3. You will be happier.
The food will be better. The clothes will be more unique. The experiences will be richer. It's that simple. I promise you this despite the lack hard data to back it up. There isn't a ton of research on this yet - and it's something I hope my company Localeur will be able to invest in at some point in the near future - but it's a truth many people, especially those who travel, will share with you.
Case in point, I have traveled more than 100 days a year for six straight years and have gone everywhere from major international cities like Tokyo, Japan to small West Texas towns like Marfa and there are two things you get by supporting local businesses: first, you become more adaptable because you aren’t walking into new places expecting the same thing you just had and second, you have more empathy because you realize that what works for one person or one local business owner or one community or city isn’t necessarily what works for the next. You learn to adapt, to empathize and to relate through differences rather than constantly striving to assimilate into the norm.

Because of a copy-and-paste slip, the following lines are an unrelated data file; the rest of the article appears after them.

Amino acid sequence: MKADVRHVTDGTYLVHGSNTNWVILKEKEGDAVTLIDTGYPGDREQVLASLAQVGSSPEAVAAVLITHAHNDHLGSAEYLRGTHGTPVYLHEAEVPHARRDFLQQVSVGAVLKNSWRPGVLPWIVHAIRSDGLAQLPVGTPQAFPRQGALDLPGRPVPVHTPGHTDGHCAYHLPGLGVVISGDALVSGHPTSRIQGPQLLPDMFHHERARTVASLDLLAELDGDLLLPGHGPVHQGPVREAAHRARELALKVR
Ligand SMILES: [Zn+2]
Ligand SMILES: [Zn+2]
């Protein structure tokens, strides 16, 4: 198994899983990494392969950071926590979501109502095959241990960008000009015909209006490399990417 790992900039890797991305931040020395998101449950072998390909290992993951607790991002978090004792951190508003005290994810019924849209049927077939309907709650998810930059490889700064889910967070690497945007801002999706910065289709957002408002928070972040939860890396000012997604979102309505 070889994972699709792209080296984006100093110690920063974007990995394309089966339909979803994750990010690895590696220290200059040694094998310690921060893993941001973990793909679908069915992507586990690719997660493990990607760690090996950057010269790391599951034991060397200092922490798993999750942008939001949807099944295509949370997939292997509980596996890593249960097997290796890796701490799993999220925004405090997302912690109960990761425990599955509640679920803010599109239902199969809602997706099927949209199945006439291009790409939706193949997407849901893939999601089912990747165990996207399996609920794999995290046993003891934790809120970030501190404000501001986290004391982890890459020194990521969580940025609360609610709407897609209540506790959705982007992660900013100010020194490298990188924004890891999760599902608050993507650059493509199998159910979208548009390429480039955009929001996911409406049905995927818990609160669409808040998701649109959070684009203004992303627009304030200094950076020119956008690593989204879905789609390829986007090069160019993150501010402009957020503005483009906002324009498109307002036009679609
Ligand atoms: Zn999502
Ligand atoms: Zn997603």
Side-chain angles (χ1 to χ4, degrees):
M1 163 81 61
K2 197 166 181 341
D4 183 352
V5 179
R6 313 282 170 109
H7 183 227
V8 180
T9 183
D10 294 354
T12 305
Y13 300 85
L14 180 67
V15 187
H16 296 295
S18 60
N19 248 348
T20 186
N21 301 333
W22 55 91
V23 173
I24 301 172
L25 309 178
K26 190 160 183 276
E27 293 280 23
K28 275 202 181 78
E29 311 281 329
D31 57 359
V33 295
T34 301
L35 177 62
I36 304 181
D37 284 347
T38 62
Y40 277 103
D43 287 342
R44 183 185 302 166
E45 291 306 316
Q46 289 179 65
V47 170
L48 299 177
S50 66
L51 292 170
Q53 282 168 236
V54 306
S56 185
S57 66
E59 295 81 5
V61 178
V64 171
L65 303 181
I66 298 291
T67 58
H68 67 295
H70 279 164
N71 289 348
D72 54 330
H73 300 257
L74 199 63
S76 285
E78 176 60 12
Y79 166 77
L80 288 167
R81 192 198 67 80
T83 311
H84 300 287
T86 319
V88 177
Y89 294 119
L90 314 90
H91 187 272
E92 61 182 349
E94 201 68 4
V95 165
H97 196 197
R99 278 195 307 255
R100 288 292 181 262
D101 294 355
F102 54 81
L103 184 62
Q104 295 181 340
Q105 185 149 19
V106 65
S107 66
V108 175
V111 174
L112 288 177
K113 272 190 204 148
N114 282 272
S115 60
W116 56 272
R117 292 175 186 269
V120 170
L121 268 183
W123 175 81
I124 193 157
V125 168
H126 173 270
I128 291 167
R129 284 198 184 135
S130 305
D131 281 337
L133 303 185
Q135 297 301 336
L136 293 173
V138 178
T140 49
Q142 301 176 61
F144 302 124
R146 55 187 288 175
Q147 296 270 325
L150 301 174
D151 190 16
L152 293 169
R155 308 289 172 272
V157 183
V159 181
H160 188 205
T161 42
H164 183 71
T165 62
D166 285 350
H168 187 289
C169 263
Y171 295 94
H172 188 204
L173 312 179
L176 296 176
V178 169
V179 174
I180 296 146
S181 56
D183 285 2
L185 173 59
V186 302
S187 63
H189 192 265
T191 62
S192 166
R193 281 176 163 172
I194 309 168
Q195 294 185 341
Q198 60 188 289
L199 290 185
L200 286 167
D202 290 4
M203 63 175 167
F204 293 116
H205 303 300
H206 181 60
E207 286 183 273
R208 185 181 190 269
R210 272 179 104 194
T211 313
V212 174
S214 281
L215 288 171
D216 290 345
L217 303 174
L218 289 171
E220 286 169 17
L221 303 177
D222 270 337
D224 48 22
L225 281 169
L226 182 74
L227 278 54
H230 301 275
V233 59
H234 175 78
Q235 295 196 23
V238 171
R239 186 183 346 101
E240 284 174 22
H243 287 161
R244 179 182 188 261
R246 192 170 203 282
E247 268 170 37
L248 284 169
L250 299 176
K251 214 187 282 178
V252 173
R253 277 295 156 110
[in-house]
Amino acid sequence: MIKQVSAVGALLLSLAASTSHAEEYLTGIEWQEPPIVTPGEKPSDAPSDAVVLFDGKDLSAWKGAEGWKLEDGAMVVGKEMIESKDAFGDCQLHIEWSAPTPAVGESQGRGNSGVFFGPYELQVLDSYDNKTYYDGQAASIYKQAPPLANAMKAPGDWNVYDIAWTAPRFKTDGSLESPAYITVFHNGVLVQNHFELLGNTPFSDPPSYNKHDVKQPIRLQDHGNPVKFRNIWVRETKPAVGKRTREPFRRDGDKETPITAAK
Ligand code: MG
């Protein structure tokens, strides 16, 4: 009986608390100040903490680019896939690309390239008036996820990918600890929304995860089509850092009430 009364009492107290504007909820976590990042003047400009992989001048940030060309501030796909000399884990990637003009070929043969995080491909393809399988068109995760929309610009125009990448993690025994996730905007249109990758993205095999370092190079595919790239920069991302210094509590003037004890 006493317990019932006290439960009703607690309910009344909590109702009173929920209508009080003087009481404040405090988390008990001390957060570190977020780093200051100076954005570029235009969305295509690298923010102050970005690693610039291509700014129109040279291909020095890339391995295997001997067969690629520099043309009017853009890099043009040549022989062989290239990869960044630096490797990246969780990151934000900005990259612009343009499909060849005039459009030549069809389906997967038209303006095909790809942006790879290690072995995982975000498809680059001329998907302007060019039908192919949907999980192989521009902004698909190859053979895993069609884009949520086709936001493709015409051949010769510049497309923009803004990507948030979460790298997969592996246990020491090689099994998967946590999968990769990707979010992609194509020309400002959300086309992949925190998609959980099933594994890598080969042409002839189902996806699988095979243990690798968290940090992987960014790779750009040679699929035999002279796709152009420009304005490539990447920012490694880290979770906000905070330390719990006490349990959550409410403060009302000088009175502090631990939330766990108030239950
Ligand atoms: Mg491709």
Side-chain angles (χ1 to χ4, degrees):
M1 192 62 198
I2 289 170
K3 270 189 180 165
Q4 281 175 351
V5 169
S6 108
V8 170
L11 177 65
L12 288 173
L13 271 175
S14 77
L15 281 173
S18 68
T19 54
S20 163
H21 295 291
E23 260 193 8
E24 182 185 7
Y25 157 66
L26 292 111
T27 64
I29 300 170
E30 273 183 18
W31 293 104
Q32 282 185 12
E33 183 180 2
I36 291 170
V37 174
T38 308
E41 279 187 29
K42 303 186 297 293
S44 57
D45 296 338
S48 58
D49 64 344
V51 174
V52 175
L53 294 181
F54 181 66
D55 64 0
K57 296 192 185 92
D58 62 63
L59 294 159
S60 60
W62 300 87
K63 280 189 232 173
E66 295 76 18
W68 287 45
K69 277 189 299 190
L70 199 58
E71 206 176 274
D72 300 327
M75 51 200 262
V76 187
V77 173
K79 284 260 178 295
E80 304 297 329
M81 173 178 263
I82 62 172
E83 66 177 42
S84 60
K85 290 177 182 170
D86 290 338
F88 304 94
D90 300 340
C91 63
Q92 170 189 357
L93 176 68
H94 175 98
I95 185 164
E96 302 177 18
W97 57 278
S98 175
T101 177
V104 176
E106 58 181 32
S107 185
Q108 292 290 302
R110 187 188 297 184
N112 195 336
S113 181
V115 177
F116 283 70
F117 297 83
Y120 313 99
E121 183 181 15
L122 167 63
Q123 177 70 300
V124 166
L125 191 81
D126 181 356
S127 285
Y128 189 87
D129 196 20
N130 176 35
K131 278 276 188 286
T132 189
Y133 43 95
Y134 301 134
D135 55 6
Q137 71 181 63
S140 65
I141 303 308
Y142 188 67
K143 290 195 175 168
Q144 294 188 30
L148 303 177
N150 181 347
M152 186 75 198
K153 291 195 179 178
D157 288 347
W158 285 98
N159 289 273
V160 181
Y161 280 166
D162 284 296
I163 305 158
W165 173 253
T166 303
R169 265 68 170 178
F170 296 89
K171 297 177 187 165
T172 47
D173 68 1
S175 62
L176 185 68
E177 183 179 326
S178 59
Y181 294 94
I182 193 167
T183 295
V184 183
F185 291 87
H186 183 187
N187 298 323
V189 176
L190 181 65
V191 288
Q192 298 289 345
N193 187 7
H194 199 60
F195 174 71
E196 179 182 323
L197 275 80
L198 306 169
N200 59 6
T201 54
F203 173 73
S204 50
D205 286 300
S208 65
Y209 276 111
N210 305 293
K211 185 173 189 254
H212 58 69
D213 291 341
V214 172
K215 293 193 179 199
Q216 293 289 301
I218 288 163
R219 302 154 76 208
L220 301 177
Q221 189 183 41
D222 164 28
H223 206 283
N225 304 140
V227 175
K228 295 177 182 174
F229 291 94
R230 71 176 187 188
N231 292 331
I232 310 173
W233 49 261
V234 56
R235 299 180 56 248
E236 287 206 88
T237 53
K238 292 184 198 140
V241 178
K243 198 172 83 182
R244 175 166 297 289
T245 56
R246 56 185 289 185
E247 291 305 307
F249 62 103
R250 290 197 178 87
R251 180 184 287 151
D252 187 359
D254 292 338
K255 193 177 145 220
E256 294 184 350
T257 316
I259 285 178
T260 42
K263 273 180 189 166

I’m not here to say corporate chains are the devil and that you should never eat late night at IHOP (hopefully not too much past college) or that you shouldn’t get a new shirt from The Gap every now and then. I understand that it's often hard to find a locally-owned place to get your oil changed or to buy an affordable mattress and that sometimes you end up in the mall on your way to the Apple Store. I get it.
What I’m saying is that when you put your money into local businesses first, you also put your money into local communities, into lifelong learning, and into your own long-term happiness more than you would by being the one billionth customer of a business that is neither based in your community nor relies on the creativity, passion or trust of people like you to thrive in your city.
I know you probably won't remember the person who shared this with you a year or ten years from now, but I do hope you remember to experience local.